Thirty-three of the contributors on SB Nation’s MLB team brands are women. Sports media remains a male-dominated field, and we asked some of these sportswriters to look back on the season and share their thoughts and experiences with us. You can find all their responses via the link below, along with some common themes.
Baseball often started in the family
Women who love sports often get asked why. “For me, there’s no ‘how did you get into baseball,’ because I don’t remember getting into it; it always just was,” said Kate Preusser from our Mariners site, Lookout Landing. “I used to sit in front of the TV and mimic what was happening in the game with my stuffed animals and a set of cardboard bases.”
Indeed, most of our writers learned to love baseball because it was a natural part of their family life. Sara Sanchez of Bleed Cubbie Blue remembers how “my brother and I played wiffle ball in the living room with our dad until my mom made us move the game outside.”
They’ve all had some really cool experiences
Some of our sportswriters cited covering games as credentialed reporters as a highlight. For others, it’s simply the relationships they’ve built with their team’s community, or watching young players on their teams develop. Carmen Kiew from McCovey Chronicles interviewed Dereck Rodriguez when he was still in the minors, and asked him what it would be like to be called up.
“He was called up the next day,” she remembers. “Getting to see him under the bright lights of the big leagues after hearing his story was really rewarding.”
Other just value getting to express themselves: Tawny Jarvi of our Twins brand, Twinkie Town, says it’s “still absolutely baffling to me that I’m allowed to do this. Somehow when I turn a baseball sim into a time travel murder plot, or turn a game recap into a high fantasy story, people are like ‘Sure!’ and they publish it. That’s insane! The Twinkie Town community is full of amazing people and I’m truly grateful for every moment they don’t collectively decide to round me up and try me for witchcraft.”
The challenges are still real
Many women pointed to unequal treatment. “The worst experience I’ve had is probably when I was turned away at a clubhouse, a place I’ve been dozens of times, when I was covering the Triple-A All-Star game … right after my male colleague was waved through,” said Kate Preusser from Lookout Landing, our Mariners brand.
“When I first started out I had some friends suggest I should use a fake (male) name to do my writing, but I rejected that idea outright,” said Ashley MacLennan, of Bleed Cubbie Blue. “I’ve gotten my fair share of really awful comments (mostly about my appearance and weight, naturally) and some were downright violent (thanks to a domestic violence article I wrote), but I think it’s important that young women who want to get into this as a career can see women out there doing it actively and not hiding behind a fake name.”
Juggling a gig — even one you’re passionate about — with the pressures of family and a career creates challenges. But it isn’t always easy, as Stacie Wheeler from our Dodgers site, True Blue LA, explained.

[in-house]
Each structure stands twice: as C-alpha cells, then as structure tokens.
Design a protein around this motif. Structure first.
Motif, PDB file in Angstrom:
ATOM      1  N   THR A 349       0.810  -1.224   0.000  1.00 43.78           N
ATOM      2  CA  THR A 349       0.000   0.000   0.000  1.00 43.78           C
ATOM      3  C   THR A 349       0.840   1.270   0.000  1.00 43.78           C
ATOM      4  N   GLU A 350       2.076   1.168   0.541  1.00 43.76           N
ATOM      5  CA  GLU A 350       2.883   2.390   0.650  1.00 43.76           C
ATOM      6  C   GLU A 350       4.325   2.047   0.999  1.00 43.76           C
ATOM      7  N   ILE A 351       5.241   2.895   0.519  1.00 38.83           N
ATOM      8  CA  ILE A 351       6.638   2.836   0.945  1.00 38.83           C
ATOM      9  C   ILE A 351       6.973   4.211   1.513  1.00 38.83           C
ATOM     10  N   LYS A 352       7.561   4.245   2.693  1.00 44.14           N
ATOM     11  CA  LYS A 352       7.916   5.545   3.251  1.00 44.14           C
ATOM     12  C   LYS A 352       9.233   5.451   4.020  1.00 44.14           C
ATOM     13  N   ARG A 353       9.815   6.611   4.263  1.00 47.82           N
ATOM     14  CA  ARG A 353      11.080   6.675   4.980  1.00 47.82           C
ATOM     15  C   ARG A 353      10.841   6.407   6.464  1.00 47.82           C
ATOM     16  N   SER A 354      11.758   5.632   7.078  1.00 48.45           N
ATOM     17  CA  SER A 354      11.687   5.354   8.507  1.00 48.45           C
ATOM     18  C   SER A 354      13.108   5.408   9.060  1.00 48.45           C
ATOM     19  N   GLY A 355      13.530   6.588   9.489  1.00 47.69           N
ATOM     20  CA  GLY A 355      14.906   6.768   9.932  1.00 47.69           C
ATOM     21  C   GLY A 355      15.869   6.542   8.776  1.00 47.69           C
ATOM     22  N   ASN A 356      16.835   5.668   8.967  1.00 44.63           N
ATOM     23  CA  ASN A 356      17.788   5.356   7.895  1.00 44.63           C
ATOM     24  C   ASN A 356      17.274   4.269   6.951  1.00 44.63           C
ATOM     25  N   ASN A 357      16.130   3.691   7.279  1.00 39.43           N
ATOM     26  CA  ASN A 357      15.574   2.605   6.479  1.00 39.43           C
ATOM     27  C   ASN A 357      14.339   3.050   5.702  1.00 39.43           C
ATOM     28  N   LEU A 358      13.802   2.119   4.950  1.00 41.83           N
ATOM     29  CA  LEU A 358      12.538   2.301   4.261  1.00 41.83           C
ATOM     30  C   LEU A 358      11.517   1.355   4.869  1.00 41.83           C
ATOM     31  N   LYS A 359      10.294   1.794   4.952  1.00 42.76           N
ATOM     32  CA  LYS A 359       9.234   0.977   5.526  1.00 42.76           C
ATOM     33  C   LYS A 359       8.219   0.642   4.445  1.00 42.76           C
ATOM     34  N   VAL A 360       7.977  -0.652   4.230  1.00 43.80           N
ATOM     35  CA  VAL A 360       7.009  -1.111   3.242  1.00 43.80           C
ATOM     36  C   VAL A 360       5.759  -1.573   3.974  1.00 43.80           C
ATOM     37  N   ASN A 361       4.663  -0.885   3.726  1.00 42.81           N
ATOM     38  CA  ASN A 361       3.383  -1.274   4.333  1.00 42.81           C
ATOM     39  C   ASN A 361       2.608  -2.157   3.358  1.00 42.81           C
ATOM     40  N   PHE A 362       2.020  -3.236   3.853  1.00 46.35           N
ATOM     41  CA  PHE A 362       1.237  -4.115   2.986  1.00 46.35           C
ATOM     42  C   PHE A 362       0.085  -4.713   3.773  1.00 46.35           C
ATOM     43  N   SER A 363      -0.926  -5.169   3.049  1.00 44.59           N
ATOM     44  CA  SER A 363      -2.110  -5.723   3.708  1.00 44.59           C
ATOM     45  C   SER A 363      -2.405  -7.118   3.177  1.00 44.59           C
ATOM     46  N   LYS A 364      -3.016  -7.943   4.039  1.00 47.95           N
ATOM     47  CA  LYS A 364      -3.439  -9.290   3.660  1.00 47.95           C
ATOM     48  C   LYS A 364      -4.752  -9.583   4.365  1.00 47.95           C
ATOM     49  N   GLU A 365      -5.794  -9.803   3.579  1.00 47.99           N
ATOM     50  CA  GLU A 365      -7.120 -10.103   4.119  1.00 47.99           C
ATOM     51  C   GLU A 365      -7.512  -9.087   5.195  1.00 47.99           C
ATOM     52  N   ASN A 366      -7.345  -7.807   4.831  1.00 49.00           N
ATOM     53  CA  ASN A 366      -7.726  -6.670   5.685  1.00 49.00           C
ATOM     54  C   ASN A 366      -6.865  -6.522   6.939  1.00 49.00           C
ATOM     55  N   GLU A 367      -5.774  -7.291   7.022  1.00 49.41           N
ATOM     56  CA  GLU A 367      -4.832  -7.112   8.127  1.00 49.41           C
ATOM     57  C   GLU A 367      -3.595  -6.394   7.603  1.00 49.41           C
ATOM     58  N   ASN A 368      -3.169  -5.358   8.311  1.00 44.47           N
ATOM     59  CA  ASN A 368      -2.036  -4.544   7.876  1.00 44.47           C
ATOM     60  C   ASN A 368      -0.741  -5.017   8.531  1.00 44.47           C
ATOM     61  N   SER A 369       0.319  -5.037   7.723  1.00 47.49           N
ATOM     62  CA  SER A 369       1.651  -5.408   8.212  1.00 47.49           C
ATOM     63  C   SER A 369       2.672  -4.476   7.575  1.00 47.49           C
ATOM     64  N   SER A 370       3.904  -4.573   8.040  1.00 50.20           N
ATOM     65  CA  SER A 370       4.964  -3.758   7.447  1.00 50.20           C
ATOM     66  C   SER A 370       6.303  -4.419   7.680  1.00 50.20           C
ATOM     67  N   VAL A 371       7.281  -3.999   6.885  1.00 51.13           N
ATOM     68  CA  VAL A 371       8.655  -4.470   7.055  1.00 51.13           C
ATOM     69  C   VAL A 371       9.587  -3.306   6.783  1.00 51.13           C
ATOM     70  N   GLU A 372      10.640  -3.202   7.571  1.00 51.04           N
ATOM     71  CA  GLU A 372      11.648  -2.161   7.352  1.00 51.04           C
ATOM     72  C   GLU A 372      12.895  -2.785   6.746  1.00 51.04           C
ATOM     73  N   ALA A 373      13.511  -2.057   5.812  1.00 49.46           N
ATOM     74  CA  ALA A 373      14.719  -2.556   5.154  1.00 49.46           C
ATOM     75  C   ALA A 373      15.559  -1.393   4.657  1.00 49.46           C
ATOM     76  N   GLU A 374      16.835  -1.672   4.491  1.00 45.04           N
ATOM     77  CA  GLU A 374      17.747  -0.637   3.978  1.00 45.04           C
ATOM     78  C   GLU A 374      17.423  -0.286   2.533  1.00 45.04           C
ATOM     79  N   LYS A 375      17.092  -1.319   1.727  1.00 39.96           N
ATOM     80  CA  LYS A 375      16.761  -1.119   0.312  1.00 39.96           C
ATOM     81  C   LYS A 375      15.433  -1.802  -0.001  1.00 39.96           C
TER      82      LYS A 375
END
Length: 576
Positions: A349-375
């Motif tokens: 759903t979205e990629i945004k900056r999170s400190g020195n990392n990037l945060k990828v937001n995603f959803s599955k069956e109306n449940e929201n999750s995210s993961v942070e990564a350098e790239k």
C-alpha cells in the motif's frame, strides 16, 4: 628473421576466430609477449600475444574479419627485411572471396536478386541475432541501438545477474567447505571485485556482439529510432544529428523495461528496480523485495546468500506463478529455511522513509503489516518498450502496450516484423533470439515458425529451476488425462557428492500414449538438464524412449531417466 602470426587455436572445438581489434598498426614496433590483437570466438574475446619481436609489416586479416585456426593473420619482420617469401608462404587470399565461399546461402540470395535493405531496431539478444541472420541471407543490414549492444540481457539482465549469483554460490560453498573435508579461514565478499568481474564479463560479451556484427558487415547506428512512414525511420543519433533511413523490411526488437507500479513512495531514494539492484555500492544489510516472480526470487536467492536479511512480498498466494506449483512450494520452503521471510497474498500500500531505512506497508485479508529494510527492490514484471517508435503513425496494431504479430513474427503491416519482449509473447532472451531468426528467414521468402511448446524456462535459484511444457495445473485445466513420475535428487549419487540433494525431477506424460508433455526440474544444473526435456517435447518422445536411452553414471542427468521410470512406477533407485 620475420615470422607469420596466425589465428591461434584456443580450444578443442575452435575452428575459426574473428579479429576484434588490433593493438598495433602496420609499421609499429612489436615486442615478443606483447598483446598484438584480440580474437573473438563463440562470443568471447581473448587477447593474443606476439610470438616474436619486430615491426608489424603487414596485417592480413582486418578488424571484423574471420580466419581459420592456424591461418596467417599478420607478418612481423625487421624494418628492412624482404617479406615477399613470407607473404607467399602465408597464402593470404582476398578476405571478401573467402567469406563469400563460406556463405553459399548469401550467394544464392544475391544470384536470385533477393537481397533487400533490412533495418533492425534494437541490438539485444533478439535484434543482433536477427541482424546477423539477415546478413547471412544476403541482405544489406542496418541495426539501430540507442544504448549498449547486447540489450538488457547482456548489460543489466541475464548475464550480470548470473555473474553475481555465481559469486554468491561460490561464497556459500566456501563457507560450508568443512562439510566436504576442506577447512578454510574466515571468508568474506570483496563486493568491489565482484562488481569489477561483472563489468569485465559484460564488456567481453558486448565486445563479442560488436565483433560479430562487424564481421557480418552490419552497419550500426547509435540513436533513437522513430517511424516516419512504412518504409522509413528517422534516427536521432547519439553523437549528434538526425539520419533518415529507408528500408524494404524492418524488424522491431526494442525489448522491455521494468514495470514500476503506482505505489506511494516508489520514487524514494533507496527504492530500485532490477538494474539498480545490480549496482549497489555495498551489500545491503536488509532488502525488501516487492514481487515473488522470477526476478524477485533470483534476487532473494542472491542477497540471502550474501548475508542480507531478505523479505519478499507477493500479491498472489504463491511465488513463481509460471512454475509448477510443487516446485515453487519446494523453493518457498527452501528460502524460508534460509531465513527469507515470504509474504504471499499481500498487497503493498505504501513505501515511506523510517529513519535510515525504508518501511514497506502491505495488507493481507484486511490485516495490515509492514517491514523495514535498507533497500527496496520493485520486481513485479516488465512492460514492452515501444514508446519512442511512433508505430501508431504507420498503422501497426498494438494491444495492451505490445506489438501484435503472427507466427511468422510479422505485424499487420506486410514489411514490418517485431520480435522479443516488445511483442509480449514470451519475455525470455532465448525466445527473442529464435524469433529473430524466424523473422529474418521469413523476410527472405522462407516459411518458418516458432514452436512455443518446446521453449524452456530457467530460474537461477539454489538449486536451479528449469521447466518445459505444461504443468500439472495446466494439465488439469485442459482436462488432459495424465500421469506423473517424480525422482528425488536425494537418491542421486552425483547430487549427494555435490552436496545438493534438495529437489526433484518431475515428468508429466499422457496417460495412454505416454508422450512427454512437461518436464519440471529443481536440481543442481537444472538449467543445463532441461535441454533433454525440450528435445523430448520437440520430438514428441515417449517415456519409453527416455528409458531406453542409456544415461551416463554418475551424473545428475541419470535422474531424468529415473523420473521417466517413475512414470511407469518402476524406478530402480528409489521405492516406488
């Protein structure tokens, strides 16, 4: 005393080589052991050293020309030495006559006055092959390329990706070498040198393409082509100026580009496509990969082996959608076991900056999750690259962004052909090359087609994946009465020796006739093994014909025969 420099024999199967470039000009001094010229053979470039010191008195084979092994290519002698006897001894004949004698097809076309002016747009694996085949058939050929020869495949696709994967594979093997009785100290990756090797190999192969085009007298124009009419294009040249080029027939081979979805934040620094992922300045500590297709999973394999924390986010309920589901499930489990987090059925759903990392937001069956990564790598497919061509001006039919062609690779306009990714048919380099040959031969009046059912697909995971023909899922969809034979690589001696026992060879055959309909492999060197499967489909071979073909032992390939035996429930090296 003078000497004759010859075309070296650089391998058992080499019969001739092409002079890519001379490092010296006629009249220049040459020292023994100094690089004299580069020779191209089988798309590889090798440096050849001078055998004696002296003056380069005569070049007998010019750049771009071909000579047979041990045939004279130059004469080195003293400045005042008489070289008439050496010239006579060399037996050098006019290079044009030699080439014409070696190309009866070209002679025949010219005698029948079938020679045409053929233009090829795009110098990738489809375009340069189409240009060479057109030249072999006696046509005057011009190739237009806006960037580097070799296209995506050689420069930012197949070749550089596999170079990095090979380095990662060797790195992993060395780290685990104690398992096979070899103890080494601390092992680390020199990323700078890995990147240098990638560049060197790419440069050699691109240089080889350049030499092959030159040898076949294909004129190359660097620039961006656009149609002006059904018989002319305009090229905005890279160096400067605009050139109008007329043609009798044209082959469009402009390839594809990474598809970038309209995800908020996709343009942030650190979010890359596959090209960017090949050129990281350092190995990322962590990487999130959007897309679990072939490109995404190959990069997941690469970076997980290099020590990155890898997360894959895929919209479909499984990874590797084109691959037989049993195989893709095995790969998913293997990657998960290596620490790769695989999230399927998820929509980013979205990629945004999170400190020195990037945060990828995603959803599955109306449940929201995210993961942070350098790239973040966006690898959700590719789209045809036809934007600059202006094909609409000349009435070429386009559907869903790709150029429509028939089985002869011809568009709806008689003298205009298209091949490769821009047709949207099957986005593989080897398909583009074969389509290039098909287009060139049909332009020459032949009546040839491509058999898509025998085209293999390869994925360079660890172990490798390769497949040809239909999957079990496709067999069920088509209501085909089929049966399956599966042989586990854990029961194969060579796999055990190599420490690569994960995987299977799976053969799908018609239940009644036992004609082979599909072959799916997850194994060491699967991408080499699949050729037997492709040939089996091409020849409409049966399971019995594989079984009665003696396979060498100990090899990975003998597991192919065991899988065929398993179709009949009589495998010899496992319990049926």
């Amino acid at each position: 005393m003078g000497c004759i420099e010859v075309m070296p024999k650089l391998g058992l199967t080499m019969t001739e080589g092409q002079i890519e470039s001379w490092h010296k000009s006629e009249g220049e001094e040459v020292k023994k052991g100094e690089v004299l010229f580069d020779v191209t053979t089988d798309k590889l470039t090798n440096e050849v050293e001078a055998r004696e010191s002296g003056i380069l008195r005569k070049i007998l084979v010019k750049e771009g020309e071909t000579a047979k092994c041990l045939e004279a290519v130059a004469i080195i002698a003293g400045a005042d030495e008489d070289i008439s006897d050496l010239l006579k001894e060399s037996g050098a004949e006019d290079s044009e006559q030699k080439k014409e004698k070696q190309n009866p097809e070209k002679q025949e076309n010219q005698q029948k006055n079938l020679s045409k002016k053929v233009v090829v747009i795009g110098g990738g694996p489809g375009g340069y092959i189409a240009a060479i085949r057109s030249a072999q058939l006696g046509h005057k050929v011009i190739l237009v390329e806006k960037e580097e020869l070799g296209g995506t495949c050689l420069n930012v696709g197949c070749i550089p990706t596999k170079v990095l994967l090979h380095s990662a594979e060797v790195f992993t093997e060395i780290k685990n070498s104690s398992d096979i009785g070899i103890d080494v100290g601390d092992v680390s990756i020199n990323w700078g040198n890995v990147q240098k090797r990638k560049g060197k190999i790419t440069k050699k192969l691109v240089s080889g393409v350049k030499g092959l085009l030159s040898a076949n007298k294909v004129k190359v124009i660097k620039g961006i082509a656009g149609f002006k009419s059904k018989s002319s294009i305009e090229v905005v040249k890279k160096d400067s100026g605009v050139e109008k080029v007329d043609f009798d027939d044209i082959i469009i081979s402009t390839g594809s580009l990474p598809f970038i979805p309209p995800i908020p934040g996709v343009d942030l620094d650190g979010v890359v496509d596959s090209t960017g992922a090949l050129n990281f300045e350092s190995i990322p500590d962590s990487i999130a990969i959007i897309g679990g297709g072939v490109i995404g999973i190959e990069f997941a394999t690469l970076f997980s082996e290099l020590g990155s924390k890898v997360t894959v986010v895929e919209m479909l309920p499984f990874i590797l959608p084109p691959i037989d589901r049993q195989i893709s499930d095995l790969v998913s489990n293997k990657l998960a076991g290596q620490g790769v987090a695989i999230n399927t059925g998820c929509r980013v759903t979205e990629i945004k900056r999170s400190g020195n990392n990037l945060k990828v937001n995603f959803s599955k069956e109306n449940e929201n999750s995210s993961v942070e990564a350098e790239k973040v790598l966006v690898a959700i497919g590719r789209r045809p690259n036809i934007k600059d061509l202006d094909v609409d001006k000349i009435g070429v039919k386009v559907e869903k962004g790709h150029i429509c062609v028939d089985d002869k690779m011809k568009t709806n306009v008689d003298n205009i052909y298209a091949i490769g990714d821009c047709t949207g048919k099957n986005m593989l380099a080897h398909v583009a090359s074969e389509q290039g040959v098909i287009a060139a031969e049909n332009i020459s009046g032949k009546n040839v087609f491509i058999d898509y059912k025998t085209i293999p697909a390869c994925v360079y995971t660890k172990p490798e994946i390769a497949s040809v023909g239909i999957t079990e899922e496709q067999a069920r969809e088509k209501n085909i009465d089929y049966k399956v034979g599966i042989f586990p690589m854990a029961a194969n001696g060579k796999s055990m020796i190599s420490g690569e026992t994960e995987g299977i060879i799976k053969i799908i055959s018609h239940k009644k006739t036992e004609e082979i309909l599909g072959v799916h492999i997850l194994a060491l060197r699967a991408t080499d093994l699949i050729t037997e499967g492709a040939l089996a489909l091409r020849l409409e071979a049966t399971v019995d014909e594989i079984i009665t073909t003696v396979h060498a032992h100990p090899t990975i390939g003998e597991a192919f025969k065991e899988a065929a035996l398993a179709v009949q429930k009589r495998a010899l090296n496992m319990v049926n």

“The biggest challenge I’ve faced is dealing with anxiety,” Wheeler told SB Nation. “As a mother of two, I’ve found it difficult to juggle being a mom, writing, plus my day job. It can get overwhelming at times. Staying true to myself and my voice has helped me to overcome any negativity I’ve received and the self-doubt that every writer faces at some point. Finding a balance and inspiration is difficult at times. Baseball has always been an outlet for me, even when the Dodgers are losing, and it’s completely intertwined in who I am.”
They often started as team brand readers and evolved into contributors
Many of the women who write for our team sites began as members of their team’s community and the FanPosts section. That was the case for Heather Simon from Viva El Birdos, our Cardinals site.
“As a college student, I often watched baseball alone as I studied, so it was nice stumbling upon this whole new culture of baseball fans,” Simon said. “I was hooked instantly and would occasionally write game recaps in the FanPosts section. Nothing fancy, just a few key plays and jokes, but they were well-received. When VEB needed more writers I was asked if I would contribute an article a week and I agreed without hesitation. That was five years ago. Now I am an editor writing five posts a week and co-hosting the podcast. It has been a wonderful experience!”
When asked who inspires them, they often point to local reporters who are women
Again and again, our contributors pointed to other women who cover a team as inspirations. Elizabeth Strom from DRays Bay wanted to acknowledge one of the female pioneers in baseball media, Claire Smith, who covered the Yankees for the Hartford Courant in the 1980s and was a groundbreaker not just as a woman, but as a woman of color.
“I know there are many women doing outstanding work now, but as someone nearing 60, I would like to give a shout out to Claire Smith, one of the first women to cover baseball for a general interest newspaper,” Strom told SB Nation. “It can be hard for women today to appreciate just how many doors were closed to her — quite literally, as there were teams unwilling to let a woman into the clubhouse. That there were some women who persevered in the 1980s and 1990s gives way to the opportunities for women in the 2000s.”